As an interesting aside, the neatsfoot oil had solidified in the garage with the cold weather. I was a little surprised by that. But a short soak in a sink full of hot water liquified it and a good shake mixed everything back up.

It is time to put away the Christmas music for another year. I added a few new recordings to my collection and culled a few that no longer please me.

But now I need a quick shower and then to get The Girl out for our evening outing. She will then want to be fed (of course) and will then starting pestering for doggie crack until I give in and get her a treat. She no longer wants to wait until sometime between supper and bedtime for her treat; she wants it NOW! Heh…

On Facebook and My Weblog

A couple of weeks ago I received a notice from WordPress that Facebook would disable cross-posting of my blog writings to my page. This morning I noticed that there was a warning to connect my weblog output to a specific Facebook page. That is, I can no longer post my weblog output to my personal Facebook page.

I am unsure why Facebook made this decision. It is likely another move to protect their business. I think it is short-sighted and inappropriate. But, I am also OK with one more disconnection from Facebook. It is not a service that I enjoy and I do not spend much time there. I will not spend much time there.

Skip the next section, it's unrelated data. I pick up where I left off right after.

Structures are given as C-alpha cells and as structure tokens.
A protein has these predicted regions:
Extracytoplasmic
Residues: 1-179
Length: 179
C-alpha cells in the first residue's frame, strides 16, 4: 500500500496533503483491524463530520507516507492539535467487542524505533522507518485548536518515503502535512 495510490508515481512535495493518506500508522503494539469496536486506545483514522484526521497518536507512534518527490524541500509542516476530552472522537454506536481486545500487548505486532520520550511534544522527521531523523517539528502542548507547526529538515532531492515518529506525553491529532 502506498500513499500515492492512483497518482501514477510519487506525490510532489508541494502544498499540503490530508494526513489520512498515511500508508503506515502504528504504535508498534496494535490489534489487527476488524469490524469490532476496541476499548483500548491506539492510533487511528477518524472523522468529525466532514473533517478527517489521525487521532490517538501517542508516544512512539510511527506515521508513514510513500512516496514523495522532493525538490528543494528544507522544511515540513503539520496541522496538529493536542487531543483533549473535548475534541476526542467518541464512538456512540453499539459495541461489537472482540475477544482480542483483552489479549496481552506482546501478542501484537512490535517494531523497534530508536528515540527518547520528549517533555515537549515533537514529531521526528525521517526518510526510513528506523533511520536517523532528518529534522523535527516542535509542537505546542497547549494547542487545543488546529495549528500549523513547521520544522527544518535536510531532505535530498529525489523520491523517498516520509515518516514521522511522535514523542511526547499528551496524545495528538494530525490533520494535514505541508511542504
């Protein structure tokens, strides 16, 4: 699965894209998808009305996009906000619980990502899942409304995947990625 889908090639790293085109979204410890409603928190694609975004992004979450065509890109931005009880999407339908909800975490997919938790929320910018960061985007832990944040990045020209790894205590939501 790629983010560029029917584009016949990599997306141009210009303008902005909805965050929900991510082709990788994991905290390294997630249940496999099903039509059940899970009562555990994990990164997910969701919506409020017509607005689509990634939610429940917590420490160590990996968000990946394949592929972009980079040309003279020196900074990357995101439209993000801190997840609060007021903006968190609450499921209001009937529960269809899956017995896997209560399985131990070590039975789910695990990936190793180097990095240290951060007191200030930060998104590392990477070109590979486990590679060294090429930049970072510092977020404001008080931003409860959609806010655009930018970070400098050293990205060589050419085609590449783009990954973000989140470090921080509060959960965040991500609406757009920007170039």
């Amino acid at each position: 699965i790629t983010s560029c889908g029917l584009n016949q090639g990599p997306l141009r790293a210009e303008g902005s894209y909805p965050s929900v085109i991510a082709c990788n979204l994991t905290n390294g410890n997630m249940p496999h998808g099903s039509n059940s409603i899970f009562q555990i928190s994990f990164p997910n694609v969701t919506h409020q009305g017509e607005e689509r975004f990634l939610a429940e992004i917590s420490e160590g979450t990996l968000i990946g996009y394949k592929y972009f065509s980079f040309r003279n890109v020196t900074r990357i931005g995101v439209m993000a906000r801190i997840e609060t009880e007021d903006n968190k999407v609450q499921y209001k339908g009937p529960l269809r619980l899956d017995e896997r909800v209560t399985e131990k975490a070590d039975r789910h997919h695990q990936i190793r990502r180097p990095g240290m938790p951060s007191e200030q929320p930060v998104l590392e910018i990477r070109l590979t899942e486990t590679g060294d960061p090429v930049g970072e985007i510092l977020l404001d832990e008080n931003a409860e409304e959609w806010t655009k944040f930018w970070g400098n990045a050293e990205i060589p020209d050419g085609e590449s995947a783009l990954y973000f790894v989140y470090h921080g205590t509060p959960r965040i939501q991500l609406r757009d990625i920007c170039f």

As a result, if you are interested in what I leave here on this site, then you will have to check it once in a while to see if I have posted something new.

Adjusting My Workspace

After a couple-three months of not writing/posting here, I decided that my weblog is still something I want to do. Since my last post (back in February), I have been plenty busy with work and other things. I have enough work to pay my bills. For that, I am truly thankful and give God the glory for his provision. I have more than I need and most of what I want. I spend some time every day outside with The Girl. It is a good life and I am grateful.

In addition to opening up space for my iMac, I was able to move the PC workstation from the floor to the top of the original six-foot worktable and move the monitors to the left. That left me space to center the keyboard. I also moved my B+W MM-1 speakers to the PC so that I can video conference from the PC workstation while sharing the screen with results.
So, with a break from work and travel, I elected to rework my home office. I found myself cramped with a 27-inch iMac and a new PC workstation with a pair of 28-inch Samsung 4K monitors. So Saturday I tore down the iMac, the PC workstation, and the peripheral support and set them all aside. I turned over the existing six-foot and fastened 1/2-inch cable clamps to the underside of the table and set screws to hold one of the surge protectors. I righted the worktable and moved everything to it and removed the other worktable, a five-foot unit I was using for the base of an L-shaped.

I then retrieved my other six-foot worktable from the garage and cleaned it up. I turned it over and mounted four more 1/2-inch cable clamps to the bottom and screws to mount two surge protectors. With that task done, I righted the table and set it next to the other.